Interview by Kristen McFarland
Summer 2005 – In May of 2003, Monica Caplan made an impression on the long-distance triathlon world. The impression: this gal’s going to be good! The setting she chose to make her first impression was the Utah Half Ironman in Provo; her method: second place in a stacked field. She followed up that performance with a strong third place showing at her debut Ironman race at Coeur d’Alene. Two top-sixteen Kona finishes later, Caplan has proven that her first impression was no fluke.
Fast forward two years to see that Monica has now notched another impressive second-place finish, this time at the venerable Ironman New Zealand in Taupo. Earlier this month, I had the opportunity to sit with Monica for a small chat about that very race, her preparation for it, and other tidbits about this, her third, season racing against the world’s best long-distance triathletes.
Colorado Triathlete: When did you first decide to do Ironman New Zealand?
Monica Caplan: After Ironman Hawaii, I was supposed to come home to Boulder right after the race, and my now fiancé, Gordo Byrn, asked me to come to New Zealand with him, and to train and get ready for IMNZ in March. He said it was a great place to train, and that there were great people to train with. So, I was supposed to come home in October, but I just got back home… in May!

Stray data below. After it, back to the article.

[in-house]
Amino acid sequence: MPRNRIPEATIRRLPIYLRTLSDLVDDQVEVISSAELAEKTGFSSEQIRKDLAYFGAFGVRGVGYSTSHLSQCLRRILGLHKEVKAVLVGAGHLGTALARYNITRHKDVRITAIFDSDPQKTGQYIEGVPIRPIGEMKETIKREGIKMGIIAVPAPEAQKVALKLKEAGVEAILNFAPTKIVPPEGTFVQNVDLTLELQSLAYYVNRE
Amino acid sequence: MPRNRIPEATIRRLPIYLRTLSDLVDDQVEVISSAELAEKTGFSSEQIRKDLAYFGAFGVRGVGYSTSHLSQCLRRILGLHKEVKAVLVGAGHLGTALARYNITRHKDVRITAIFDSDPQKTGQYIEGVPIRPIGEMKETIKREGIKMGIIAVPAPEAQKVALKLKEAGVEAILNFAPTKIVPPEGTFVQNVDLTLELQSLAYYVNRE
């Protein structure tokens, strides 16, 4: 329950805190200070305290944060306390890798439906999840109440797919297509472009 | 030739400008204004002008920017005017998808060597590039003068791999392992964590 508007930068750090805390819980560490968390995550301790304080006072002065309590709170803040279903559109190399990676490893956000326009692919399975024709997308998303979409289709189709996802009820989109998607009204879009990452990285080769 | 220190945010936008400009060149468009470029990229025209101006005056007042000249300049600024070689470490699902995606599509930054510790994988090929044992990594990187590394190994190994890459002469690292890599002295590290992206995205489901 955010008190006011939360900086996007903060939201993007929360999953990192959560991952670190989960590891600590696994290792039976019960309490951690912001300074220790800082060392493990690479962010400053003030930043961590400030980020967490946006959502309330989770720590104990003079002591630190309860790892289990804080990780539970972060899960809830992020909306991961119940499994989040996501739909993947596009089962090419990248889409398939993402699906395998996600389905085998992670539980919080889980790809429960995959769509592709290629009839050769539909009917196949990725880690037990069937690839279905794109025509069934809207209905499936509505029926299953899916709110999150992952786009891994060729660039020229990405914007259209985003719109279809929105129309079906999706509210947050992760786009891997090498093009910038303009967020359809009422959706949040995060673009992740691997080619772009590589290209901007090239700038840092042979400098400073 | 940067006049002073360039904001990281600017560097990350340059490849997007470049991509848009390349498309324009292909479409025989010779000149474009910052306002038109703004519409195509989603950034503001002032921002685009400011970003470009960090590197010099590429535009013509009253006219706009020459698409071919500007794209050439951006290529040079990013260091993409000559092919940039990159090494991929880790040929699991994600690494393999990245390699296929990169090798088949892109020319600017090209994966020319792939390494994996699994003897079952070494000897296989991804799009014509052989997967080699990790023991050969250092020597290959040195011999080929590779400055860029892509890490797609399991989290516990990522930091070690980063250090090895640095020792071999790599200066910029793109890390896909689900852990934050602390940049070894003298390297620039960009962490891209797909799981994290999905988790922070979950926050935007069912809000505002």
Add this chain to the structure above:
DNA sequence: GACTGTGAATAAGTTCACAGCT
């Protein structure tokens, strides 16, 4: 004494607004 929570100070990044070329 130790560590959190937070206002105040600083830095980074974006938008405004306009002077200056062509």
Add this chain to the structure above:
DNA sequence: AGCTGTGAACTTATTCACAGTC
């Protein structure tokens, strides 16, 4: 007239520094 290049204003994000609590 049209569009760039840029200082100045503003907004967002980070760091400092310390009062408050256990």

CT: Did you feel like you had enough of a break after Hawaii, or did you have to start training right away?
MC: I took a break after Hawaii, and I didn’t start training again until the beginning of December. January 1st was the time I chose to get into a routine. December was just putting in some hours with no routine. I did what I felt like doing: no hard stuff.
CT: Gordo told you it was good training and there would be good training partners, was that the case? How was the training?
MC: You have to remember that it was winter in the Northern Hemisphere, so anything that was summer-like was attractive. We were in Christchurch on the South Island, and it was actually pretty cold and rainy in November and December. The riding was great and the 50-meter swimming facility was amazing. There was a squad training with a coach named Rolie, which was great: there were a lot of triathletes and young swimmers there, so it was a great atmosphere.
CT: Who did you train with?
MC: Bella Comerford came down at the end of November, and we trained together the same way we do in Boulder.
CT: Aside from the swim coach, were you coaching yourself? Or was Dave Scott coaching you?
MC: I had my key sessions from Dave, and I built my week around the two hard run sessions and three hard bike sessions he gave me.
CT: It sounds like it was a good experience; would you go back there to train in the future?
MC: Definitely. For one, it can be hard to train in Boulder in the winter months. It’s possible, but it’s ideal to be in a warmer climate. Also, now I’m familiar with the place, and I really found it to be fantastic.
CT: Relative to some of your other races, how well prepared did you feel going into IM New Zealand?
MC: I had a good solid eight weeks of training going into the race, so I felt pretty confident. Plus, we did a training week down in Taupo to familiarize ourselves with the race, and that was huge. We were really able to learn the roads that way. I was very confident.
CT: Was it intimidating racing against a hometown hero, and the then two-time defending champ: Joanna Lawn?